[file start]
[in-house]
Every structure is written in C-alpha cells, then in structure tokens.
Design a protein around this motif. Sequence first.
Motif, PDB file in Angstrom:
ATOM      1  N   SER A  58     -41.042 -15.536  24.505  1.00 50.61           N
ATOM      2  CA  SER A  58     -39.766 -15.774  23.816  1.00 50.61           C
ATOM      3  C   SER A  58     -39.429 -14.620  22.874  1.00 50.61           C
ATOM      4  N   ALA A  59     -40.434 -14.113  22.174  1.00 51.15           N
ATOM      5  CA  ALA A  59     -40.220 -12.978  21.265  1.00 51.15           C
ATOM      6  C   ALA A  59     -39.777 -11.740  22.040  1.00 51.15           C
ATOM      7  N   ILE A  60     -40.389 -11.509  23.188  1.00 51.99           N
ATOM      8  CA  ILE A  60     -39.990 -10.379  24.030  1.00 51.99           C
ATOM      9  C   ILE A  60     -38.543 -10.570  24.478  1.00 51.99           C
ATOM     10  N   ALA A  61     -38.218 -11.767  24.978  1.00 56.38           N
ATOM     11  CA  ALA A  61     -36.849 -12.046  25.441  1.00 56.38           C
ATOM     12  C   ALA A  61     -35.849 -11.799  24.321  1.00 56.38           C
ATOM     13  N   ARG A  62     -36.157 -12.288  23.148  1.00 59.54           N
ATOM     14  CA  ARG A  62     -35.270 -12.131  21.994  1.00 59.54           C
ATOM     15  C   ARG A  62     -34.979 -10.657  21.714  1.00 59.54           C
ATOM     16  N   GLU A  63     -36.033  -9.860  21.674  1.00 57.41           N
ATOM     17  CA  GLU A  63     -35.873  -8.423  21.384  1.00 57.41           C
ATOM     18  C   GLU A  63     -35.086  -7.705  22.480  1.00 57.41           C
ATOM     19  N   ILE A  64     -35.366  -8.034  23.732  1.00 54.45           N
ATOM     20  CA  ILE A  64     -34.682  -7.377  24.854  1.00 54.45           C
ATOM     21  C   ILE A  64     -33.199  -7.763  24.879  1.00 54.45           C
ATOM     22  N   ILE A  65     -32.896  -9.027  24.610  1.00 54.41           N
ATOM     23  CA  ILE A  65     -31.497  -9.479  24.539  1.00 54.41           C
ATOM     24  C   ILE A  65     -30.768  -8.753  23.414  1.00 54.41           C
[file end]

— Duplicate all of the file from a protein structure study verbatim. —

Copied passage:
[in-house]
Every structure is written in C-alpha cells, then in structure tokens.
Design a protein around this motif. Sequence first.
Motif, PDB file in Angstrom:
ATOM      1  N   SER A  58     -41.042 -15.536  24.505  1.00 50.61           N
ATOM      2  CA  SER A  58     -39.766 -15.774  23.816  1.00 50.61           C
ATOM      3  C   SER A  58     -39.429 -14.620  22.874  1.00 50.61           C
ATOM      4  N   ALA A  59     -40.434 -14.113  22.174  1.00 51.15           N
ATOM      5  CA  ALA A  59     -40.220 -12.978  21.265  1.00 51.15           C
ATOM      6  C   ALA A  59     -39.777 -11.740  22.040  1.00 51.15           C
ATOM      7  N   ILE A  60     -40.389 -11.509  23.188  1.00 51.99           N
ATOM      8  CA  ILE A  60     -39.990 -10.379  24.030  1.00 51.99           C
ATOM      9  C   ILE A  60     -38.543 -10.570  24.478  1.00 51.99           C
ATOM     10  N   ALA A  61     -38.218 -11.767  24.978  1.00 56.38           N
ATOM     11  CA  ALA A  61     -36.849 -12.046  25.441  1.00 56.38           C
ATOM     12  C   ALA A  61     -35.849 -11.799  24.321  1.00 56.38           C
ATOM     13  N   ARG A  62     -36.157 -12.288  23.148  1.00 59.54           N
ATOM     14  CA  ARG A  62     -35.270 -12.131  21.994  1.00 59.54           C
ATOM     15  C   ARG A  62     -34.979 -10.657  21.714  1.00 59.54           C
ATOM     16  N   GLU A  63     -36.033  -9.860  21.674  1.00 57.41           N
ATOM     17  CA  GLU A  63     -35.873  -8.423  21.384  1.00 57.41           C
ATOM     18  C   GLU A  63     -35.086  -7.705  22.480  1.00 57.41           C
ATOM     19  N   ILE A  64     -35.366  -8.034  23.732  1.00 54.45           N
ATOM     20  CA  ILE A  64     -34.682  -7.377  24.854  1.00 54.45           C
ATOM     21  C   ILE A  64     -33.199  -7.763  24.879  1.00 54.45           C
ATOM     22  N   ILE A  65     -32.896  -9.027  24.610  1.00 54.41           N
ATOM     23  CA  ILE A  65     -31.497  -9.479  24.539  1.00 54.41           C
ATOM     24  C   ILE A  65     -30.768  -8.753  23.414  1.00 54.41           C